Even after all the turnovers and missed scoring opportunities, senior quarterback Kevin Hogan had Stanford in position to force overtime with time running out. It didn't happen and the seventh-ranked Cardinal had its chance, slim as it was, at a national championship come to an end.
Oregon beat Stanford, 38-36, Saturday to remain in the hunt for the North Division title and a berth in the Pac-12 Conference title game. The Ducks, at full strength, are as good as any team on Stanford's schedule and they were clicking on Saturday.
The Cardinal (8-2 overall, 7-1 overall) still has the business of clinching the division crown when California comes to town for the Big Game next Saturday. A slip up against the Golden Bears and things aren't so rosy.
"Any time you lose, it stings . . . it's tough," Palo Alto grad and Stanford linebacker Kevin Anderson said. "But if you told me at the beginning of the season, you would have a chance to beat Cal to win the Pac-12 North, play in the Pac-12 championship and potentially go to the Rose Bowl, I would say that's awesome. So, we need a bit of perspective here. But it definitely stings right now."
Fumbles on consecutive drives in the fourth quarter proved too much to overcome in the end. Oregon's dynamic offense, capable of scoring on any given play, used a field goal after the first fumble to force the Cardinal into a two-point conversion try, if it came to that.
"What happens in tight games like this, you can't give up big plays, you can't turn the ball over, and can't miss opportunities," Stanford's Director of Football David Shaw said. "And that's what happened to us."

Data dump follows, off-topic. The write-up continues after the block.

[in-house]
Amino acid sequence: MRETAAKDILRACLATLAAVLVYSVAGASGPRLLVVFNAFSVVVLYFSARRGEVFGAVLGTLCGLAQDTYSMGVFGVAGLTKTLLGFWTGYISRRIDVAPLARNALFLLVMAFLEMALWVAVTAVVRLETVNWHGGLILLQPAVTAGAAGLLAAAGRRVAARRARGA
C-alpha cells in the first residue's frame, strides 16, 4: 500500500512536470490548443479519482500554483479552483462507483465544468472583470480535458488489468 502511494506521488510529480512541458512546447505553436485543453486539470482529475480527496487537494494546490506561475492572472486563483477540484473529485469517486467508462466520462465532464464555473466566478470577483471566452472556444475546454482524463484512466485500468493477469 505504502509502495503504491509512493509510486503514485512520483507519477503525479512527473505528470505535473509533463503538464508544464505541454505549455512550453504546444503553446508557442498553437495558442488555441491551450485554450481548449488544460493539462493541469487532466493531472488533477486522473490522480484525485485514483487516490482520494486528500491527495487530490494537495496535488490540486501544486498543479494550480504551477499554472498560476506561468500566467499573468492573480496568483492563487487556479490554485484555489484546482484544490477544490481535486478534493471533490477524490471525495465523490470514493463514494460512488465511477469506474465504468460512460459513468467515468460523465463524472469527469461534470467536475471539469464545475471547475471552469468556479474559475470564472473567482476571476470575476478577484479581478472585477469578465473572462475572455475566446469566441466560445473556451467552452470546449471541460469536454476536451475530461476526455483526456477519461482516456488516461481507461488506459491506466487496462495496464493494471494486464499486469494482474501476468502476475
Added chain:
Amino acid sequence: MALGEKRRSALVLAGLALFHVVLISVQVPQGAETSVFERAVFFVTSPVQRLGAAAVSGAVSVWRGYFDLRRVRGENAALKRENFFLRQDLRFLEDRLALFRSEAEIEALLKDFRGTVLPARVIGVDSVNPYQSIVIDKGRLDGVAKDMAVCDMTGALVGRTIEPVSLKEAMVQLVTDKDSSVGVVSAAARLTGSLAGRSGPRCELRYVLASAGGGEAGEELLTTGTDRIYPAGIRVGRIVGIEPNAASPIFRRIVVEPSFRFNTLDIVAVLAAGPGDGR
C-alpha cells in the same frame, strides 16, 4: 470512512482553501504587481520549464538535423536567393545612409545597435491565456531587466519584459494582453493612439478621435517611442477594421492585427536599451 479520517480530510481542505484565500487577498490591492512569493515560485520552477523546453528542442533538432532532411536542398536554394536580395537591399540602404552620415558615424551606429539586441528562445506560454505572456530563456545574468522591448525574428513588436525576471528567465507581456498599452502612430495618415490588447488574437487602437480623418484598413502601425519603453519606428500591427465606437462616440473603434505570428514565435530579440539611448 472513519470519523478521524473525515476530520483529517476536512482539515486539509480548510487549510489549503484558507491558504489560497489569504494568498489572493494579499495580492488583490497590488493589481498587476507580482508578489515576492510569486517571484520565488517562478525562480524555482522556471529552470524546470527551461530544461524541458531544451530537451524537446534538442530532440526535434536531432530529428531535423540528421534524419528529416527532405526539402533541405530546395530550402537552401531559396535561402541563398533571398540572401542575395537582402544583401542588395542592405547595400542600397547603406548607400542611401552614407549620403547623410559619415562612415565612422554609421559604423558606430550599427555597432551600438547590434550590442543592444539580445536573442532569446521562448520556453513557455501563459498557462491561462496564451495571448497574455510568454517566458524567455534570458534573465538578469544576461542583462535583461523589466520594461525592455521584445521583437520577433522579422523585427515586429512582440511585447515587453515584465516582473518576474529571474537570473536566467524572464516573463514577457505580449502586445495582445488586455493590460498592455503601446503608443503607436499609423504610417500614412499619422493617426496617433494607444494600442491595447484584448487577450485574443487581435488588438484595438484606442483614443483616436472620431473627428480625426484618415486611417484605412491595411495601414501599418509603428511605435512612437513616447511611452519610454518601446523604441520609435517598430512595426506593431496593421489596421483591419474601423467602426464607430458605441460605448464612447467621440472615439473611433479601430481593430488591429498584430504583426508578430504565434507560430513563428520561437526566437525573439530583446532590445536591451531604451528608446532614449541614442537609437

After Oregon recovered the second fumble, all it needed to do was make one first down to seal the win.
Stanford had other plans. Kodi Whitfield sacked Oregon QB Vernon Adams on a third-down play and the Ducks called time.
Hogan drove the Cardinal 49 yards, helped by an Oregon pass interference call, for a touchdown that put Stanford on the brink of an unlikely comeback. Hogan and Greg Taboada hooked up for a pair of touchdown passes in the fourth quarter, the last with 10 seconds remaining to play.
The two-point try failed and Oregon recovered the onside kick to clinch it.
"We made big plays, but we gave up too many big plays," Shaw said. "We gave them way too much, but the fight was always there. We fought like crazy, but we didn't fight very smart."
Three apparent Stanford first downs were negated by penalties, and the Cardinal kept an Oregon drive alive because of a hit out of bounds after a third-down stop.
Oregon scored on a 49-yard pass from Adams to Taj Griffin on the next play, giving the Ducks a 35-23 lead.
Hogan threw for 304 yards on 28-of-37 passing. Christian McCaffrey rushed for 147 yards and caught five passes for another 42. Michael Rector caught eight passes for 103 yards.
McCaffrey set two school records as his 2,418 all-purpose yards this season broke Glyn Milburn's 1992 mark of 2,234. McCaffrey's eighth consecutive 100-yard rushing performance eclipsed Toby Gerhart's 2009 record of seven.
Stanford out-gained the Ducks, 506-436, and Anderson intercepted a pass and nearly scored, bringing it to the Ducks' 9. The Cardinal settled for a field goal.
Turnovers and costly penalties proved the difference. Stanford was called for seven penalties worth 55 yards to the Ducks.